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What can we learn from Margaret Thatcher?

By River Reporter Apr 8, 2013

She was the Tory leader made out of iron – more than you can say about Cameron.

Ben Stevens

Upon the recent death of Margaret Thatcher it is said that the nation is divided once more. I am however yet to hear of any form of remorse for her death, let alone anything positive about her life and career. The general consensus seems to be, as it ever was, that she was the Devil’s unattractive aunty.

Now, like most students I am not nor have I ever been pro-tory, neither do I in any way deny that her policies were solely responsible for destroying the livelihoods of thousands of people. I do however believe she deserves recognition as a politician and as a public figure.

Deserved her title

Like most of the country I do not agree with many of the policies she implemented, but I certainly respect her for standing by them amidst the public bombardment that ensued. For better or for worse she deserved her title the ‘iron lady’.

I also believe politicians of today could learn a valuable lesson from their female predecessor. She worked her way up the ranks and became Prime Minister in a climate similar to the one we are in today. Mass social unrest and discontent with the government, deep rooted economic problems which seem all but hopeless, not to mention the crippling level of unemployment that has dominated the headlines.

Radical change

However unlike the politicians of today, she implemented radical change in an attempt to bring us out of the dismal situation and stuck by it regardless of the amount of support she lost doing so. Today’s coalition, despite the similar socio-economic climate, is the crumbling chalk to Maggie’s iron cheese.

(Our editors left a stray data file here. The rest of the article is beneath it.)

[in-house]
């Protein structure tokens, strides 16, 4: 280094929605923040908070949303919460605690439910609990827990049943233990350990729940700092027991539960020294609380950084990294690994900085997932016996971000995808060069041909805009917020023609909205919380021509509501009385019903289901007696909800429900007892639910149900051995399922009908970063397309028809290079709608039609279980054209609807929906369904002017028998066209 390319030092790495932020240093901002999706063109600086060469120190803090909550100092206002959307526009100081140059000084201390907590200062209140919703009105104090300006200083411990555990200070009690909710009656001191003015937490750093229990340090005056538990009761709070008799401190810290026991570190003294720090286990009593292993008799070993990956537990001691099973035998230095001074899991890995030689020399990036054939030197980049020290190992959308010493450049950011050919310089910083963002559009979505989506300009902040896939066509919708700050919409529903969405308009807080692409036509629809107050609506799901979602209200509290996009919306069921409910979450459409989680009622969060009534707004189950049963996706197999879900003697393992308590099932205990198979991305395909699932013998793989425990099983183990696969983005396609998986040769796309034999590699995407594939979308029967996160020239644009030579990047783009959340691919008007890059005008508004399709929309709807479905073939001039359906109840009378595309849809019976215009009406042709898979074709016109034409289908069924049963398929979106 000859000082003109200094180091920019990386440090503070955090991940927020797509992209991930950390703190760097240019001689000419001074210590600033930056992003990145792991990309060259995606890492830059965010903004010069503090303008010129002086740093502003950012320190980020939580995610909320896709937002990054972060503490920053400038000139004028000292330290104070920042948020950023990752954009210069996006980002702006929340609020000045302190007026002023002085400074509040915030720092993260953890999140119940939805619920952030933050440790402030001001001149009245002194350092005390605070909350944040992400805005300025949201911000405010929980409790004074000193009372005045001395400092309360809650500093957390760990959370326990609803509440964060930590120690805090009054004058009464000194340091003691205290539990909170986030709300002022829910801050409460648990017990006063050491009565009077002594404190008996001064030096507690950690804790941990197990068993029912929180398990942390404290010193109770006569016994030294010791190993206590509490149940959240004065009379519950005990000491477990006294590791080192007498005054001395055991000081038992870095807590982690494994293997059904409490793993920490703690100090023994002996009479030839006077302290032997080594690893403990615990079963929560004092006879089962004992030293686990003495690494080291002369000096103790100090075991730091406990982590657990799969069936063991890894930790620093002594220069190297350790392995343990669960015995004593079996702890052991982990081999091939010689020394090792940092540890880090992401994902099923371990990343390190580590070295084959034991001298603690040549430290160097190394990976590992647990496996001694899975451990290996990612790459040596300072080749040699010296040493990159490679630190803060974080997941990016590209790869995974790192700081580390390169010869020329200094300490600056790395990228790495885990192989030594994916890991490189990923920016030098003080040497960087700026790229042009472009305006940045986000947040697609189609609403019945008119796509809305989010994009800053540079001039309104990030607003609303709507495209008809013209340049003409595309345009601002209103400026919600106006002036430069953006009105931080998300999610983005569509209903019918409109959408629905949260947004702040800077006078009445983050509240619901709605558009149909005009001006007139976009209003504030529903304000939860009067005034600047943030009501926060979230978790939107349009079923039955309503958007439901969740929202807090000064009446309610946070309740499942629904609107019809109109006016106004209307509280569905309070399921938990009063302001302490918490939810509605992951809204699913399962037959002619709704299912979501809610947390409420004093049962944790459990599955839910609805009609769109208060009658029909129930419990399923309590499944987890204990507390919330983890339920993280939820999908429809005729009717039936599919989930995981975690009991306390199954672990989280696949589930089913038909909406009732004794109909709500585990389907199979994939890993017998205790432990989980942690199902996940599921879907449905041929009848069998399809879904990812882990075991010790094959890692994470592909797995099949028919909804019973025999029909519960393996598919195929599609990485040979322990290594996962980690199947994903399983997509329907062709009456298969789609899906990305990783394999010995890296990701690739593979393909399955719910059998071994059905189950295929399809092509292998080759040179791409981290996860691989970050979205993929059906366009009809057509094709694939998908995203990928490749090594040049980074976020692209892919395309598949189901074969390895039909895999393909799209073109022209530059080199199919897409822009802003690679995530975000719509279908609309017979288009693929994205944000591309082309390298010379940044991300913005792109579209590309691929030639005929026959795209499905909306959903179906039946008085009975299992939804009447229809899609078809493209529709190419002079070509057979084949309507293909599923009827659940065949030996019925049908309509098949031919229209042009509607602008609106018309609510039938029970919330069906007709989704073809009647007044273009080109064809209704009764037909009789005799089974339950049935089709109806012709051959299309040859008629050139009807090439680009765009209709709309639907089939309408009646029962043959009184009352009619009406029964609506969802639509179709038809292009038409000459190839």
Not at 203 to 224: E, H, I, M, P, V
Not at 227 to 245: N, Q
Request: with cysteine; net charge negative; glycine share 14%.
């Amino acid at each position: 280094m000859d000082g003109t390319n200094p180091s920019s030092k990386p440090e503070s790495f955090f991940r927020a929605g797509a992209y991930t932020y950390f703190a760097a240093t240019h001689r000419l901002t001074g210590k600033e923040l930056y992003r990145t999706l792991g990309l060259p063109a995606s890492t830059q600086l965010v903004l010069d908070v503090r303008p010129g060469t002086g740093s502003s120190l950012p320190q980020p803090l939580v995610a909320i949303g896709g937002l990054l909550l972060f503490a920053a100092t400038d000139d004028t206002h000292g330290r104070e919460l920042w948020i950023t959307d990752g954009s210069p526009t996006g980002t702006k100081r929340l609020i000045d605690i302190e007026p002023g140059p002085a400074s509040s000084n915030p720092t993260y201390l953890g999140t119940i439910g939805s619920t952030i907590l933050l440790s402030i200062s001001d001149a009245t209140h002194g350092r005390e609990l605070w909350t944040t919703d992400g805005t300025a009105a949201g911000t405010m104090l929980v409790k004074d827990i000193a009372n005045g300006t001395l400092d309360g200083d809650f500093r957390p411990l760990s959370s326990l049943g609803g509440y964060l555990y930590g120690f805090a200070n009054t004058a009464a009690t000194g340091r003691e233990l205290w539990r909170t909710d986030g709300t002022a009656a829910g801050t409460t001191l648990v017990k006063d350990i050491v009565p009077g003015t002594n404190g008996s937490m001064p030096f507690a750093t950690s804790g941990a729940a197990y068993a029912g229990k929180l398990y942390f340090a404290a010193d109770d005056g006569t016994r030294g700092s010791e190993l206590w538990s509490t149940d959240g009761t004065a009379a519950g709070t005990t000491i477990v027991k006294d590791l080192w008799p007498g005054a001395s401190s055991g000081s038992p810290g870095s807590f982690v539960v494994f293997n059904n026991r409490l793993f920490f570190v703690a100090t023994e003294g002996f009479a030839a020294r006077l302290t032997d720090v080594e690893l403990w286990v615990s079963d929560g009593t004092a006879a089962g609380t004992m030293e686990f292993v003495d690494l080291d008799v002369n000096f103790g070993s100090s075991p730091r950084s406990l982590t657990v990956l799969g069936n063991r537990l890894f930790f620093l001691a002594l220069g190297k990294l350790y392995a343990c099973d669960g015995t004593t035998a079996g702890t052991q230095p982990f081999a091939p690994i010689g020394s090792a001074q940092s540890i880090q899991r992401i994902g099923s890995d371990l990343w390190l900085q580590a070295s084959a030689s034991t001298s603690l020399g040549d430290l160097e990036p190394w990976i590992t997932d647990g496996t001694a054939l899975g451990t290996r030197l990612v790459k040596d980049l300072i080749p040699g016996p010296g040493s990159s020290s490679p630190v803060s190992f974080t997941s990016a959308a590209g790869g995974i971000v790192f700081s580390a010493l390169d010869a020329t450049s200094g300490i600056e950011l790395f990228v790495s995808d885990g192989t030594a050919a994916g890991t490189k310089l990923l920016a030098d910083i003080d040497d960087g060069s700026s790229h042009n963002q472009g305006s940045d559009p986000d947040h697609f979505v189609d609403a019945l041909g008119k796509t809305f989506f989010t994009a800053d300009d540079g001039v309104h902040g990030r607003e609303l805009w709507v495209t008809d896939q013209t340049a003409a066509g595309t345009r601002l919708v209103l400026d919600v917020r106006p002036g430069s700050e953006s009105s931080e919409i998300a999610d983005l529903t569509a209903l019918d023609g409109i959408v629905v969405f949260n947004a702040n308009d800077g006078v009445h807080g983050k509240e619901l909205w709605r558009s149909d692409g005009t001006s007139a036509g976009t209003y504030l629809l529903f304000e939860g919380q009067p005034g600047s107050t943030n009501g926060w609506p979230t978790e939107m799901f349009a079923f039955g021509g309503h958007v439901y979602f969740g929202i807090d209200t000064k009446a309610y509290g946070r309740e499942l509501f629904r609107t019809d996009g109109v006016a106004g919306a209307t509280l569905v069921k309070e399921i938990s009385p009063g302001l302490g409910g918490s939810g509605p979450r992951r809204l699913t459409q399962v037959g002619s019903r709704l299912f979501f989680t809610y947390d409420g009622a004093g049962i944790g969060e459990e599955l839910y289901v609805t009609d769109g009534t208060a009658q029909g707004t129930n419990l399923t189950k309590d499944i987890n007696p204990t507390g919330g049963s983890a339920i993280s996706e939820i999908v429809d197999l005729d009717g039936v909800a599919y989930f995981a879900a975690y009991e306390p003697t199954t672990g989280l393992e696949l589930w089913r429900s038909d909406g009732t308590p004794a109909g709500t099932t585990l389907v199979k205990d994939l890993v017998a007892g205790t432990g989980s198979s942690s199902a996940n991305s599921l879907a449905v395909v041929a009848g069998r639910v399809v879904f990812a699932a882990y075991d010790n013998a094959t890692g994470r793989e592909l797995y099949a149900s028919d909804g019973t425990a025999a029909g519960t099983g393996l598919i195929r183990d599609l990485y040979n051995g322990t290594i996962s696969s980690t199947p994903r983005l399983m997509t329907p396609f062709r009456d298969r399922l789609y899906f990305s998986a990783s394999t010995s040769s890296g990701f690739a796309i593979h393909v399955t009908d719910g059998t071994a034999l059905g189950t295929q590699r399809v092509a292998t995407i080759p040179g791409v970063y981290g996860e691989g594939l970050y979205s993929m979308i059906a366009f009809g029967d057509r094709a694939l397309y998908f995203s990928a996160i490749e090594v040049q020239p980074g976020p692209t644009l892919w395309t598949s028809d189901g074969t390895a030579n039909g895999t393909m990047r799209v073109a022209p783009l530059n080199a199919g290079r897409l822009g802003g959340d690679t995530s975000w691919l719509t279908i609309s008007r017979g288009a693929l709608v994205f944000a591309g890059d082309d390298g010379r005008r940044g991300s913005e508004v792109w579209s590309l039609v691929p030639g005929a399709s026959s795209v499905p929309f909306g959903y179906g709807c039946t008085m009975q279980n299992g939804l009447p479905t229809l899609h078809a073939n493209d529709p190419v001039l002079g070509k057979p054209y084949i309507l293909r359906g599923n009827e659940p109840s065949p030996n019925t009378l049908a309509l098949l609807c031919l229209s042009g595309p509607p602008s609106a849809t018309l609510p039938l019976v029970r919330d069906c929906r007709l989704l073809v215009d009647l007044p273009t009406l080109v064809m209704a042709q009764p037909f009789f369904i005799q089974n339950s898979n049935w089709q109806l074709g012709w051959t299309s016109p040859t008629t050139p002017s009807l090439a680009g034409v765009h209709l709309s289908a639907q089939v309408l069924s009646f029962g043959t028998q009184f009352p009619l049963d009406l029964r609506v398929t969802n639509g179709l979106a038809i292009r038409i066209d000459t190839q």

“To those waiting with bated breath for that favourite media catch phrase, the U-turn, I have only one thing to say. You turn if you want to… the lady’s not for turning.” Compare this defining quote with the somewhat humorous statistic that since coming to power in 2010, the coalition has made 37 U-turns, roughly one a month. David Cameron, the memory foam man.

Need a strong leader

It seems with the slightest sign of discontent from the public, the coalition simply cannot bear to follow through with whatever they have planned. I am in no way suggesting what we need is to privatise what remaining state owned companies are left and invade the Falklands. I am suggesting that we need a strong leader to get us through this increasingly tough time. Someone who is more concerned with fixing the many problems with this country than his, or indeed her own popularity.

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